These attractions might be marketed under one general idea or personality, or they could comprise a cluster of different themes at one central location. 5 The theme, therefore, becomes the main part of the theme park experience. Even though theme parks were usually thought of as having a major theme, most of them in act contain multi-themes in terms of different themed areas. Some park managers use themes to increase attendance over a period of time, say, during festivals or special events.

However, even though the term 'theme' page 320 may sometimes be unclear, by reference to the [email protected] used by the APIPA, the themes [email protected] in this study may be thought of as: (I) the main theme which runs through all or most of the attractions, such as the movie theme of the Warner Brothers' Movie World; (it) the sub-themes which are found in a park in the form of different themed areas like the Frontiersman, Adventured, Fantastical, Discoverable and he Main Street USA of Disney's Magic Kingdom; and (iii) the transitional themes, that is, themes that are created for special events which only last for a certain period of time to boost attendance. Some examples are the Far West Festival and Space Festival as seen in Disneyland Paris in 1994 and 1995 respectively. Theme parks are becoming increasingly attractive to the tourist who has limited vacation time, as by their very nature, they provide a condensed holiday product. 6 A good example is Disney's new 'Animal Kingdom' in Florida which replicates a safari park in East Africa.

Theme parks aim to create the atmosphere of another worlds and t is essentially the theme itself that creates such an atmosphere. A theme represents a story line or framework which highlights a particular attraction at a destination. 8 It attempts to tell a story and through this story the visitor is transported to another place and a unique experience is created. However, since theme parks are still a relatively new concept in tourist attractions,9 there is a paucity of literature on success and failure of theme parks around the world. Past studies have focused primarily on theme park selection,10 visitor behavior,11 visitor segmentation etc but not on the intrinsic alee of the theme park D the theme itself.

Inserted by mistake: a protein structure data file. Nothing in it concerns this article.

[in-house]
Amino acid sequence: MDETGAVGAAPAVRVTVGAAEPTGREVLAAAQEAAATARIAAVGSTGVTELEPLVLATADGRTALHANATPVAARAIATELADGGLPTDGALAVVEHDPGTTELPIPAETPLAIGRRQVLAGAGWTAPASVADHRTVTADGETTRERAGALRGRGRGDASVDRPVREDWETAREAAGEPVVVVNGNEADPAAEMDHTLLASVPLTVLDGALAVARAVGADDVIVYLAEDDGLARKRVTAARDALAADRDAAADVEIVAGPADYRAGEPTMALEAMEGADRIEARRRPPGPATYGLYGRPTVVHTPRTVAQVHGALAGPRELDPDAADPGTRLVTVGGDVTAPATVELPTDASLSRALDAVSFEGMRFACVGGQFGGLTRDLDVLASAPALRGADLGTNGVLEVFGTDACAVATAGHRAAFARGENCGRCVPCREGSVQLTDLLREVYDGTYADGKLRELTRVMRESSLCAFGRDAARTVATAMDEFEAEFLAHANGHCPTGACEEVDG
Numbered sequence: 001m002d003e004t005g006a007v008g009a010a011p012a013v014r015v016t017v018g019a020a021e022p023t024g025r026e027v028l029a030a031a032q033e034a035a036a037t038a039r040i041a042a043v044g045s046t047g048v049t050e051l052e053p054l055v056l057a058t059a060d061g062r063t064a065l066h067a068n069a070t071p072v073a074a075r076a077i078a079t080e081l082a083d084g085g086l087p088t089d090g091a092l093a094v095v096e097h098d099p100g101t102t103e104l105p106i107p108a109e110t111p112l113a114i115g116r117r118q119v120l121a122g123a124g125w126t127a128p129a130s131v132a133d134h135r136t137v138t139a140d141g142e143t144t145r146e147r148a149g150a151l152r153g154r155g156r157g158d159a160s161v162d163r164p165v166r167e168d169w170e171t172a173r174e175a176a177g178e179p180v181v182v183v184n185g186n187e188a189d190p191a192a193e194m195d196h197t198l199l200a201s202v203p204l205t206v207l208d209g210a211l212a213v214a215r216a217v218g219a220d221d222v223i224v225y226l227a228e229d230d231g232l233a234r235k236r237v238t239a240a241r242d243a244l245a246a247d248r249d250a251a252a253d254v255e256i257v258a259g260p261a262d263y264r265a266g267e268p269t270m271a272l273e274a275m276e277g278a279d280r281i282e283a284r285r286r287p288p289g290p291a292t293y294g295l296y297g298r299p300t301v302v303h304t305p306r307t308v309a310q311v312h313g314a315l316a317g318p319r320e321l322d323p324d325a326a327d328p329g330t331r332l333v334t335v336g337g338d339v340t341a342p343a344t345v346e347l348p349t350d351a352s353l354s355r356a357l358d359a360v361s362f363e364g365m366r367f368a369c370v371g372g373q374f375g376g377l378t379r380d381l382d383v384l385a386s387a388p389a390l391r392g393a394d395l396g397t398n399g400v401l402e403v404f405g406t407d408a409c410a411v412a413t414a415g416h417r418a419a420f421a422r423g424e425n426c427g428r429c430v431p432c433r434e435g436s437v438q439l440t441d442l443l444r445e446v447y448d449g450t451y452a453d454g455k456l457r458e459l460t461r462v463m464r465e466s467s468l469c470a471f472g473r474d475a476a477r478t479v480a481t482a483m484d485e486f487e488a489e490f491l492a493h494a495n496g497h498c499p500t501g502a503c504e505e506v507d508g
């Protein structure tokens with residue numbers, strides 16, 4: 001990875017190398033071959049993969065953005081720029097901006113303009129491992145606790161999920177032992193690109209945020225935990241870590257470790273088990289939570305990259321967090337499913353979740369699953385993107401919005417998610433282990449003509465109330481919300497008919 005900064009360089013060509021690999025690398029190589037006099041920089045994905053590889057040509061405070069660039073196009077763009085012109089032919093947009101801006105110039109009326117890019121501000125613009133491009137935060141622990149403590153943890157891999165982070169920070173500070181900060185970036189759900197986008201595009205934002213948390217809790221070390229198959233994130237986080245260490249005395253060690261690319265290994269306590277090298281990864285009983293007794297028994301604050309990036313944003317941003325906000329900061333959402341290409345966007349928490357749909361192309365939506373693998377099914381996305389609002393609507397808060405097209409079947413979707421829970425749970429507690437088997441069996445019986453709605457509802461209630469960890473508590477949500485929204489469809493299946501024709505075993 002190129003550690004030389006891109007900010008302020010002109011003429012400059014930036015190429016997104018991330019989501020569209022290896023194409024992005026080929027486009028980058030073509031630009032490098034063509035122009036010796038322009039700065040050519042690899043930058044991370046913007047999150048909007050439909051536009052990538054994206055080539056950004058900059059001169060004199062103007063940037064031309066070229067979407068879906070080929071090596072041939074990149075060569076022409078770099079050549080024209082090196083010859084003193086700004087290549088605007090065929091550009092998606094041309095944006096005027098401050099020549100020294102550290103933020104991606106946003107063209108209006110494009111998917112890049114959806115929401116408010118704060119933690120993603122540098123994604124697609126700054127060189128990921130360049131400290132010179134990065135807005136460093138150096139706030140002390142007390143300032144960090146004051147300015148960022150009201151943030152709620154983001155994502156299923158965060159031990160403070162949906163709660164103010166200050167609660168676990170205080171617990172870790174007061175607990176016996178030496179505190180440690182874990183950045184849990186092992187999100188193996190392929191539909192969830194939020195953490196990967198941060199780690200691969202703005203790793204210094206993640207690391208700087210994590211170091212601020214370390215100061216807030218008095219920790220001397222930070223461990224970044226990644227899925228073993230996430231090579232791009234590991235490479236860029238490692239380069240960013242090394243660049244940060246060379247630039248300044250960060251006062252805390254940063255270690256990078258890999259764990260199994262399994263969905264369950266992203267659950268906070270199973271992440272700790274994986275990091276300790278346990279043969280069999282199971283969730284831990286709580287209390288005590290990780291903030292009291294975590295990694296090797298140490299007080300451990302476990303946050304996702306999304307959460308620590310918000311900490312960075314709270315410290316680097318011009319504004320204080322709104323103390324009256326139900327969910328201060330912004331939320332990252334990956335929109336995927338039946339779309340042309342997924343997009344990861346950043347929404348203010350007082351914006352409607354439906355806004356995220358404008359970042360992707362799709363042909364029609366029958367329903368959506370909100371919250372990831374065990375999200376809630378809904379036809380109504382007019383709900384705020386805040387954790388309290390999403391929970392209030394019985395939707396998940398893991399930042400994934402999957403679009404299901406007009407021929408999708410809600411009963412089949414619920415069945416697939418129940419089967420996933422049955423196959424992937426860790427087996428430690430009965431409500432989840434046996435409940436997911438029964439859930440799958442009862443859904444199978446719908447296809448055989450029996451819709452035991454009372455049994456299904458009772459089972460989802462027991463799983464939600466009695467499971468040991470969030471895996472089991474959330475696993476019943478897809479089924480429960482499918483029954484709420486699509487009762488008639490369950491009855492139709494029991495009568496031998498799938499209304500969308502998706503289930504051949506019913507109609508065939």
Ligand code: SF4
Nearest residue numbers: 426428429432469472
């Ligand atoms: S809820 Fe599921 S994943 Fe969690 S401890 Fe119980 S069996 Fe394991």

Competitive teeming Recent years have seen the emergence of many themes, only limited by imagination. For example, there have been themes that were based on the success of a product, such as Legends in Denmark, and others that were built on the mythology of a culture like the Haw Par Villa Dragon World in Singapore. The more successful parks have been Wong and Chemung able to use the theme to create a competitive advantage over the others. Teeming promotes the creation of a whole new atmosphere based on the unique experience that a theme park offers. For instance, in all the Disney properties, there is a fantasy element that allows guests to escape the urban setting and go to places they dream about. 3 Thematic tourism, in fact, represents tourism with a relatively narrow focus, where trips are motivated by an interest in a particular subject or area rather than the more traditional motivations such as the lure of idyllic scenery and pleasant climate. More importantly, teeming in some ways is divorced from the idea of place, relegating the consideration of location to being the background for a theme, rather than being the primary motivating factor. 14 There are a number of advantages in hemming. First of all, teeming is important for creating an initial perception of quality. 15 Secondly, themes are means to be used to help boost attendance. For example, 'themed' discount programmer are created to aim at certain market segments. 6 They are likely to encourage repeat visitation, as a themed environment provides a unique, memorable experience which increases the probability that guests will return. Visitors will tell friends about their visits, providing effective word-of-mouth advertising. 17 Thirdly, teeming is a value-adding factor. The themed retail park 'Knot's Camp Snoopy' demonstrated that 'the mall with a hemmed entertainment experience will be superior to the mall without such opportunity'. 18 Fourthly, teeming allows coordination of retail merchandise, which can in turn increase the guests' retail expenditure. 19 Finally, theme parks that use an easily recognizable and interesting theme will have a competitive advantage over those which do not. 0 This is especially so when there is very strong competition and the equipment is very similar D the way to differentiate is by teeming. 21 In addition, as the industry matures and visitors become more experienced and discerning, teeming may be needed for a more sophisticated market. The power of teeming or thematic tour- ism is evident in the fact that it has, in recent years, become a catalyst for the growth of new destinations based solely on thematic leisure. 22 Theme park developers have converted existing attractions into theme parks. To be more competitive and recover the loss of market share or [email protected], developers have to diversify their 'product offering'.